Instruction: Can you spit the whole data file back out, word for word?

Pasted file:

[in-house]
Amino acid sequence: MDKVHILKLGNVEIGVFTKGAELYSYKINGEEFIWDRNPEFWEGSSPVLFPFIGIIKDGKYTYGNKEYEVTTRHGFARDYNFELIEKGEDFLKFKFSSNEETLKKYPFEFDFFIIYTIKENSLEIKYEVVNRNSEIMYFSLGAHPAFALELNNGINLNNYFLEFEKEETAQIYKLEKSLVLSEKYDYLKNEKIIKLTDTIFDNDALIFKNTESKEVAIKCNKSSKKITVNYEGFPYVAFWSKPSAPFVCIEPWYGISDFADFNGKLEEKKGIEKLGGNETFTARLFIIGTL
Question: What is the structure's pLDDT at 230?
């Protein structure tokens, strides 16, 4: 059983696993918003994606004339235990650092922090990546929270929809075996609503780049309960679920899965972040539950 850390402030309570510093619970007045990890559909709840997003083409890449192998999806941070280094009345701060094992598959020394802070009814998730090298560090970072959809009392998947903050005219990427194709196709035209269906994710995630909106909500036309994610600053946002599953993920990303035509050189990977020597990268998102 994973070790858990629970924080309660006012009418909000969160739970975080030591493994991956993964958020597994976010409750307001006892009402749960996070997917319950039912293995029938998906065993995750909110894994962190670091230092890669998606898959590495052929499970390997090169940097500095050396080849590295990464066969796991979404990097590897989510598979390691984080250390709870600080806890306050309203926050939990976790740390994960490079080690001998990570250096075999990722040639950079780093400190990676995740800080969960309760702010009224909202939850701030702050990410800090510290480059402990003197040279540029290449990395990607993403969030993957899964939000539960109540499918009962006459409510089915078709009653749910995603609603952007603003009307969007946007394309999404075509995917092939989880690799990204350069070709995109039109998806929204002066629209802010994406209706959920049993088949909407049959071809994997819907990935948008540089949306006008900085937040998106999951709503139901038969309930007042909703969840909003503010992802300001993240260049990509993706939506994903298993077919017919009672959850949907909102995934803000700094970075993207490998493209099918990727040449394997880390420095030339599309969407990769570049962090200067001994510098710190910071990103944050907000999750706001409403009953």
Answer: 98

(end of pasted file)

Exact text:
[in-house]
Amino acid sequence: MDKVHILKLGNVEIGVFTKGAELYSYKINGEEFIWDRNPEFWEGSSPVLFPFIGIIKDGKYTYGNKEYEVTTRHGFARDYNFELIEKGEDFLKFKFSSNEETLKKYPFEFDFFIIYTIKENSLEIKYEVVNRNSEIMYFSLGAHPAFALELNNGINLNNYFLEFEKEETAQIYKLEKSLVLSEKYDYLKNEKIIKLTDTIFDNDALIFKNTESKEVAIKCNKSSKKITVNYEGFPYVAFWSKPSAPFVCIEPWYGISDFADFNGKLEEKKGIEKLGGNETFTARLFIIGTL
Question: What is the structure's pLDDT at 230?
């Protein structure tokens, strides 16, 4: 059983696993918003994606004339235990650092922090990546929270929809075996609503780049309960679920899965972040539950 850390402030309570510093619970007045990890559909709840997003083409890449192998999806941070280094009345701060094992598959020394802070009814998730090298560090970072959809009392998947903050005219990427194709196709035209269906994710995630909106909500036309994610600053946002599953993920990303035509050189990977020597990268998102 994973070790858990629970924080309660006012009418909000969160739970975080030591493994991956993964958020597994976010409750307001006892009402749960996070997917319950039912293995029938998906065993995750909110894994962190670091230092890669998606898959590495052929499970390997090169940097500095050396080849590295990464066969796991979404990097590897989510598979390691984080250390709870600080806890306050309203926050939990976790740390994960490079080690001998990570250096075999990722040639950079780093400190990676995740800080969960309760702010009224909202939850701030702050990410800090510290480059402990003197040279540029290449990395990607993403969030993957899964939000539960109540499918009962006459409510089915078709009653749910995603609603952007603003009307969007946007394309999404075509995917092939989880690799990204350069070709995109039109998806929204002066629209802010994406209706959920049993088949909407049959071809994997819907990935948008540089949306006008900085937040998106999951709503139901038969309930007042909703969840909003503010992802300001993240260049990509993706939506994903298993077919017919009672959850949907909102995934803000700094970075993207490998493209099918990727040449394997880390420095030339599309969407990769570049962090200067001994510098710190910071990103944050907000999750706001409403009953």
Answer: 98